All too often, clergymen blamed victims or minimized the reality of the violence the women endured. In sermons and biblical commentaries, interpreters accused the young rape victim Dinah (Genesis 34) of provoking and enjoying a brutal attack by a powerful prince’s son. Some denied that the encounter was actually rape. In the case of an unnamed woman (Judges 19) who suffered collective rape (“gang rape”) and died following the violence, some commentators believed that the attack was God’s fitting punishment for sins she committed. Too often, the female biblical character is voiceless—emblematic of the silencing of victims throughout history. 

Shout

By Laurie Halse Anderson,

Book cover of Shout

For decades, Laurie Halse Anderson’s work has been a guiding light for so many young people in her honest portrayals of life’s hardest challenges, including sexual assault. Her 2019 book Shout, a memoir written in verse, is a deeply personal reflection on her own experience with sexual assault and its impact on her life. She first tackled this topic twenty years earlier in her groundbreaking 1999 novel, Speaka book that profoundly affected me as a young person. Born out of outrage over the lack of change that has happened in regard to how society treats survivors (and perpetrators) of sexual violence in the twenty years since Speak was published, Shout is a beautifully fierce and moving call to action for today.

Shout

By Laurie Halse Anderson,

Why should I read it?

1 author picked Shout as one of their favorite books, and they share why you should read it.

What is this book about?

Award-winning Speak author Laurie Halse Anderson's New York Times bestselling poetic memoir and call to action, which garnered eight starred reviews!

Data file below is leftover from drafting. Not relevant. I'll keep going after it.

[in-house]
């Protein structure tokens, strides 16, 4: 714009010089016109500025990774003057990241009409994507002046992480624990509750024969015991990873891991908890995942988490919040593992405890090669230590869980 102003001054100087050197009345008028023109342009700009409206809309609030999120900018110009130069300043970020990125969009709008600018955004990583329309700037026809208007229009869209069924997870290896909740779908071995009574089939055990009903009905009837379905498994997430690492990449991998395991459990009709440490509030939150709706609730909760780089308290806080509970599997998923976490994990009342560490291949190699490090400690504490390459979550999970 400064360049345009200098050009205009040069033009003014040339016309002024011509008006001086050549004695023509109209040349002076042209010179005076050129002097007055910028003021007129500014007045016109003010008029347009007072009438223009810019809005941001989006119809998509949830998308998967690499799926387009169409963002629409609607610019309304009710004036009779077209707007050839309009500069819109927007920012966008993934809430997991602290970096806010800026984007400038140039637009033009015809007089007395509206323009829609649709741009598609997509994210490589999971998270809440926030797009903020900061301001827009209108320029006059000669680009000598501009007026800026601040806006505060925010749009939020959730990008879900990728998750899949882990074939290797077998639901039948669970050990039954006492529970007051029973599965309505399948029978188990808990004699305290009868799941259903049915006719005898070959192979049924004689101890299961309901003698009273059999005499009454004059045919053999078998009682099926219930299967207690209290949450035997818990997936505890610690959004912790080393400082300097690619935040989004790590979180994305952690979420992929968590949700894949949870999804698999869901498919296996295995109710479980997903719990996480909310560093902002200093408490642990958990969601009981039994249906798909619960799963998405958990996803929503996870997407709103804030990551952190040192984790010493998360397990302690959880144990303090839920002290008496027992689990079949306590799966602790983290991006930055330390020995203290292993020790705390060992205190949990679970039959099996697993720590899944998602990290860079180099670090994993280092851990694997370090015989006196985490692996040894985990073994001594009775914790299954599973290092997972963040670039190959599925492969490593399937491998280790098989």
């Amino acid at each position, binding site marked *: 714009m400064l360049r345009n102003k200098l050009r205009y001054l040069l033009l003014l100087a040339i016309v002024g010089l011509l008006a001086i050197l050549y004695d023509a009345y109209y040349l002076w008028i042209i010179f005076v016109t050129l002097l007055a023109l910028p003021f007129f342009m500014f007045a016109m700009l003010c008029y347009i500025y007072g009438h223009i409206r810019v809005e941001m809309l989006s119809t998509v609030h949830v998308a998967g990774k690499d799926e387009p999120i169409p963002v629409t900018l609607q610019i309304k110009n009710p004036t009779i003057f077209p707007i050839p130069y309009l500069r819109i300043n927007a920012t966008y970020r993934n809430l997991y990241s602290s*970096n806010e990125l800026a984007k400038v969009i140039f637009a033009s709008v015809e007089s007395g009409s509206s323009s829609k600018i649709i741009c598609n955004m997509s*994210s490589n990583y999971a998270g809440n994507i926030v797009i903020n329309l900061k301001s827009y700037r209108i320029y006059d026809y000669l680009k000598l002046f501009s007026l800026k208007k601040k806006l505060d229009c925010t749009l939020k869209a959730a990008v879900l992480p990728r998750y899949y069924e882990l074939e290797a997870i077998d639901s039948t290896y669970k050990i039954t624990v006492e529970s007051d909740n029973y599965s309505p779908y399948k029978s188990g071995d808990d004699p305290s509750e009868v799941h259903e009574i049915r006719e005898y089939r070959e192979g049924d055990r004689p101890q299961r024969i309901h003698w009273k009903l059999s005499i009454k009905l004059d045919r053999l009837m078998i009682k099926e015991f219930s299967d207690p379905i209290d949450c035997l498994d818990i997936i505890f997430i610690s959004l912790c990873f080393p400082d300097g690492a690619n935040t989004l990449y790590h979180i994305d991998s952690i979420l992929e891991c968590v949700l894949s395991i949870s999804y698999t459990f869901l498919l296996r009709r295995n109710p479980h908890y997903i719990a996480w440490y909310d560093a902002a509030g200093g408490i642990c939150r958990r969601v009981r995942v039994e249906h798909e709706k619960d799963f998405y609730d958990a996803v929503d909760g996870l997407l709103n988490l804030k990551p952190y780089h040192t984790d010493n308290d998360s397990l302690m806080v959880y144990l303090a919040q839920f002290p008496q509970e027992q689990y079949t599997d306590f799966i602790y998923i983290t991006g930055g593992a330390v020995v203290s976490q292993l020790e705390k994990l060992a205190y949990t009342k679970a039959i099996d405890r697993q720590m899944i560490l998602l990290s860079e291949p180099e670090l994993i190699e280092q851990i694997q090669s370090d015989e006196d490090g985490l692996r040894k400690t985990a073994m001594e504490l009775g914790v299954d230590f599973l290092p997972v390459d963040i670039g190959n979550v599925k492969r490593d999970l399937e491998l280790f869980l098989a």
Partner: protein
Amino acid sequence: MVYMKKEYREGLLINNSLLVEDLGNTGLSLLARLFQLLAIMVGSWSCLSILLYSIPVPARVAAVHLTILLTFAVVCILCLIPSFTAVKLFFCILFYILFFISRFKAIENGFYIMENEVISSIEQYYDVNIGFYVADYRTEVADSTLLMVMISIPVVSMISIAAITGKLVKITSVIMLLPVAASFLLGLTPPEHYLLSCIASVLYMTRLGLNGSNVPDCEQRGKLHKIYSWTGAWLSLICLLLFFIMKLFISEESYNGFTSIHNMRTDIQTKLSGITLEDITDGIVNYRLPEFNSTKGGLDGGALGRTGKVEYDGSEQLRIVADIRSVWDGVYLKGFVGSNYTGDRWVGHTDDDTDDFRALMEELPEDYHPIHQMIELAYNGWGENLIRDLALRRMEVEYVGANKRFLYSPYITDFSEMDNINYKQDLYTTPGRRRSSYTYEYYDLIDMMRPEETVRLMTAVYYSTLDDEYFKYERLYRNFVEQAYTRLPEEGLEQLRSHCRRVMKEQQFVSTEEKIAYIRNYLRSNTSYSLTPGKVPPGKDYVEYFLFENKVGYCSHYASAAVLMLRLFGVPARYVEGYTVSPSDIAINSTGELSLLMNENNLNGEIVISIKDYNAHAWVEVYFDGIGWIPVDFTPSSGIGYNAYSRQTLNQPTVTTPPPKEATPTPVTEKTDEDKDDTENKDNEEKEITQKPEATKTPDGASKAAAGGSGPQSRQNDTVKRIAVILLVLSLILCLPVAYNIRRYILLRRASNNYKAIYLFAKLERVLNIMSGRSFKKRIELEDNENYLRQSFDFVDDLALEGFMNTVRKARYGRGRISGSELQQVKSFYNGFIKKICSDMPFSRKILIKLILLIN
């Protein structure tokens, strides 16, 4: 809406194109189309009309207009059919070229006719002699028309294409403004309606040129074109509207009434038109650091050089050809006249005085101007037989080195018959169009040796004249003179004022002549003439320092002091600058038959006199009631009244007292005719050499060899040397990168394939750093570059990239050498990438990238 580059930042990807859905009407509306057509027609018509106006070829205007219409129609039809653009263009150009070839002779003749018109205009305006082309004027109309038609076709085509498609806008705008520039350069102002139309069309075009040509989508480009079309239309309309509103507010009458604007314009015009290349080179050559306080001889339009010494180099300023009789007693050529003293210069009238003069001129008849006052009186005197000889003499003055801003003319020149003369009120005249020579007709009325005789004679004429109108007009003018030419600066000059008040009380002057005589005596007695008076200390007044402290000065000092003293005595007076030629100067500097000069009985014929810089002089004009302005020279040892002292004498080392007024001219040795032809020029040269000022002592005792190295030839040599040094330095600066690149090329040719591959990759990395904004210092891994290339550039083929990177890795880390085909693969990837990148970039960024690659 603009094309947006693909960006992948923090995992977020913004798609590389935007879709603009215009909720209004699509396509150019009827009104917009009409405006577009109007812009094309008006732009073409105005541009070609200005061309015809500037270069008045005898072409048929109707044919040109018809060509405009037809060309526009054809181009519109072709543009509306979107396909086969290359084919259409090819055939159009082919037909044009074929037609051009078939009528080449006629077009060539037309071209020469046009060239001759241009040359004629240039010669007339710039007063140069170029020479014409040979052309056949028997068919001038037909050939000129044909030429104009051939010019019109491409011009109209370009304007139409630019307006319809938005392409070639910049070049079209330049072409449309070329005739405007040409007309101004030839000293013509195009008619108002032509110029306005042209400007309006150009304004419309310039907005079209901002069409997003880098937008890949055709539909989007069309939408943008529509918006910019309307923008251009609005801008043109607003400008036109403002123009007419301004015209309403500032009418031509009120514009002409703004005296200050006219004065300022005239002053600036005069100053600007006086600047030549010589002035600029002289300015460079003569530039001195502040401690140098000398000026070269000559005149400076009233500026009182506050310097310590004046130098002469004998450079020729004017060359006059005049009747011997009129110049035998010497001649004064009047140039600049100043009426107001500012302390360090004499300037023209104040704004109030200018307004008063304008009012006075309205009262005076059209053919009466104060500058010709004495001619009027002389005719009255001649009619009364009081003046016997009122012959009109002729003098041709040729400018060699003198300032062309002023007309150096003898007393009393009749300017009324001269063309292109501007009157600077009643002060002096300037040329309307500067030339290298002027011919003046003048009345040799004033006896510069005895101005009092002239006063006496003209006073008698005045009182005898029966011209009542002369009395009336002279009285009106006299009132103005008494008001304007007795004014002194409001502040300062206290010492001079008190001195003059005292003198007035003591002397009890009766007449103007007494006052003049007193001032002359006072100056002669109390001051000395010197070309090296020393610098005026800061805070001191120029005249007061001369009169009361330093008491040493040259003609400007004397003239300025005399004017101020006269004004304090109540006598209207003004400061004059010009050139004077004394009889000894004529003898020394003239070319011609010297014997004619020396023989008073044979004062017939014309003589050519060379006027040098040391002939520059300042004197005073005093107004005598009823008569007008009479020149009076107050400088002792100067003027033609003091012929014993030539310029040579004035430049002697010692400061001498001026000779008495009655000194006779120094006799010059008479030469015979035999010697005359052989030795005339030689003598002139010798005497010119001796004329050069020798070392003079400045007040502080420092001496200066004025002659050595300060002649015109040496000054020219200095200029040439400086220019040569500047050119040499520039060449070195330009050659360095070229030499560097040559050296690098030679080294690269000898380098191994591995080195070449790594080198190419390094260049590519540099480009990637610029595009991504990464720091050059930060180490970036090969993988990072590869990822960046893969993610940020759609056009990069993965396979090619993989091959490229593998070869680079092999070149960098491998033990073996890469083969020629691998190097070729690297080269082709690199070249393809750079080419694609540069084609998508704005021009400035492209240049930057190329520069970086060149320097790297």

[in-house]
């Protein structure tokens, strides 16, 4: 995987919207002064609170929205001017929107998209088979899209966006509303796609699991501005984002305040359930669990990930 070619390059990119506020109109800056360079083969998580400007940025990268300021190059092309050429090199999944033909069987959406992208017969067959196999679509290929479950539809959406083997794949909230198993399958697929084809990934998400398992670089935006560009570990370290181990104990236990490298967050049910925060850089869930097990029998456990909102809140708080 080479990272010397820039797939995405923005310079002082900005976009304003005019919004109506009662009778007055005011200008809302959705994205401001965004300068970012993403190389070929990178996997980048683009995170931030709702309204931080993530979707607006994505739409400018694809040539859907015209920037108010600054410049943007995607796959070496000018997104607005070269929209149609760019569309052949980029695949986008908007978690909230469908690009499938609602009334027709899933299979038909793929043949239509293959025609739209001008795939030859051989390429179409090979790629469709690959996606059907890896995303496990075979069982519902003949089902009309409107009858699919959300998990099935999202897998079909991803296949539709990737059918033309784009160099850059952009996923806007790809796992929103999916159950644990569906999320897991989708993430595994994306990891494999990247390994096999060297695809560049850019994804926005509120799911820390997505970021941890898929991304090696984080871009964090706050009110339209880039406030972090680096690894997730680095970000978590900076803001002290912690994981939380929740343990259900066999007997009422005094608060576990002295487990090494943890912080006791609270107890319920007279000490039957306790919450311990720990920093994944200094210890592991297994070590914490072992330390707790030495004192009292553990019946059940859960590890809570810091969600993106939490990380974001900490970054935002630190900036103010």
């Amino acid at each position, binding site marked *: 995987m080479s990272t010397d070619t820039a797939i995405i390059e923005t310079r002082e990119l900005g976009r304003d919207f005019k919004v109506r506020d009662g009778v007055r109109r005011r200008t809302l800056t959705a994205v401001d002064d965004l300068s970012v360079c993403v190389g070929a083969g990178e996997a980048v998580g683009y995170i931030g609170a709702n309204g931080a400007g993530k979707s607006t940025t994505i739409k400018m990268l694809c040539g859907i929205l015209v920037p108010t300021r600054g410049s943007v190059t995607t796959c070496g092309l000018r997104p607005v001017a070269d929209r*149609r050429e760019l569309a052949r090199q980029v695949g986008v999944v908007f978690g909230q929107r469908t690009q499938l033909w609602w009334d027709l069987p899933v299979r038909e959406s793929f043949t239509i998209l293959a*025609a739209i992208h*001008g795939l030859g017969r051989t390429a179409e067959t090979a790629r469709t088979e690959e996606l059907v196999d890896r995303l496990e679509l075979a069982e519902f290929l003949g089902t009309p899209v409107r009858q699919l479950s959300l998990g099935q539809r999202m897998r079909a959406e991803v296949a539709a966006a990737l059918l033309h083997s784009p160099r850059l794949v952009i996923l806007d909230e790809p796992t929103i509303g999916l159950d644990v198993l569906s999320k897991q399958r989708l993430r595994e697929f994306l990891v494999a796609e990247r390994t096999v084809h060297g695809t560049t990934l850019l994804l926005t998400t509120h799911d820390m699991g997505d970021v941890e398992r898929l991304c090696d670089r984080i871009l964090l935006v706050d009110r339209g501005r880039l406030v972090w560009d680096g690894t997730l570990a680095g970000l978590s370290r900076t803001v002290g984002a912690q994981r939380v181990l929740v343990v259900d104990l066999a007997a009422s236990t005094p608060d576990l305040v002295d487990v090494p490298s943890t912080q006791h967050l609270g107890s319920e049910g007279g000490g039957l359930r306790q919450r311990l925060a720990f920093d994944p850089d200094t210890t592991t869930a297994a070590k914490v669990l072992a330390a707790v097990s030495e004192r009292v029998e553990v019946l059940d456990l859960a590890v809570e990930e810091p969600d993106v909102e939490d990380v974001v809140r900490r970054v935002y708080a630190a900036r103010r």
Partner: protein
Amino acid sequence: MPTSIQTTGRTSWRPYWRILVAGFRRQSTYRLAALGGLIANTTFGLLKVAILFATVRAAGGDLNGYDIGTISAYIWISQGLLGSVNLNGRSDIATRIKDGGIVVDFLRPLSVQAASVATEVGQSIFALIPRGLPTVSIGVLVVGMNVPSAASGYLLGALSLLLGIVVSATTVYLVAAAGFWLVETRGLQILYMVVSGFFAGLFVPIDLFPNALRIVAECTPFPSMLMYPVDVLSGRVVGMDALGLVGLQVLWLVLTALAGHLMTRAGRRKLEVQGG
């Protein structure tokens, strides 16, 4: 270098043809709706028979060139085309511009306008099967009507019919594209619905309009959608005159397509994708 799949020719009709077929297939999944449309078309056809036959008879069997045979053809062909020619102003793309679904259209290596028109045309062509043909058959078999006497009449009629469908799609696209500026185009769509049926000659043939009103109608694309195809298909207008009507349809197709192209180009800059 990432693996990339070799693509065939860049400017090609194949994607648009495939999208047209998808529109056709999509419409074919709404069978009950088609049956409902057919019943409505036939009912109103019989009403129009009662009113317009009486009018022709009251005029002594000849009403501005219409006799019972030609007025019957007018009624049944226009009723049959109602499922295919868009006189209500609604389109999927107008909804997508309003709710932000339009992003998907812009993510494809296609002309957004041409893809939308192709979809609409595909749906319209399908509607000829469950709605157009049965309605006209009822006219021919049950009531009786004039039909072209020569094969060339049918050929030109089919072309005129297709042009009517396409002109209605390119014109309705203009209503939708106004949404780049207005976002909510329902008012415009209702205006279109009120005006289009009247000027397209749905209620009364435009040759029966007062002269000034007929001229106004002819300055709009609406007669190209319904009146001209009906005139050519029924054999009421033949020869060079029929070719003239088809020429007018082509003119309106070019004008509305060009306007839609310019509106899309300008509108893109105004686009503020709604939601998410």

Bestselling author Laurie Halse Anderson is known for the unflinching way she writes about, and advocates for, survivors of sexual assault. Now, inspired by her fans and enraged by how little in our culture has changed since her groundbreaking novel Speak was first published twenty years ago, she has written a critically acclaimed poetry memoir that is as vulnerable as it is rallying, as timely as it is timeless. In free verse, Anderson shares reflections, rants, and calls to…


Who am I?

I began writing The Way I Used to Be back in 2010. For me, it started simply as a place to work through my own private thoughts and feelings about sexual violence. I was writing as a survivor myself, but also as someone who has known, loved, and cared for so many others who have experienced violence and abuse. By the time I finished, I realized my novel had evolved into something much bigger: a story I hoped could contribute something meaningful to the larger dialogue. These powerful books on this list are all a part of that dialogue, each based in a richly diverse, yet shared reality. Readers will learn, grow, heal, and find hope in these pages.


I wrote...

The Way I Used to Be

By Amber Smith,

Book cover of The Way I Used to Be

What is my book about?

Eden was always good at being good. But the night her brother’s best friend rapes her, everything changes. What was once simple, is now complex. What Eden once loved, she now hates. What she thought was true…now lies. She knows she’s supposed to tell someone what happened but she can’t. So, she buries it instead. And she buries the way she used to be.

Told in four parts—freshman, sophomore, junior, and senior year—this provocative novel reveals the deep cuts of trauma. But it also demonstrates one young woman’s strength as she navigates the disappointment and pains of adolescence, of first love and first heartbreak, of friendships broken and rebuilt, all while learning to embrace a power of survival she never knew she had.

The Shadow Knows

By Diane Johnson,

Book cover of The Shadow Knows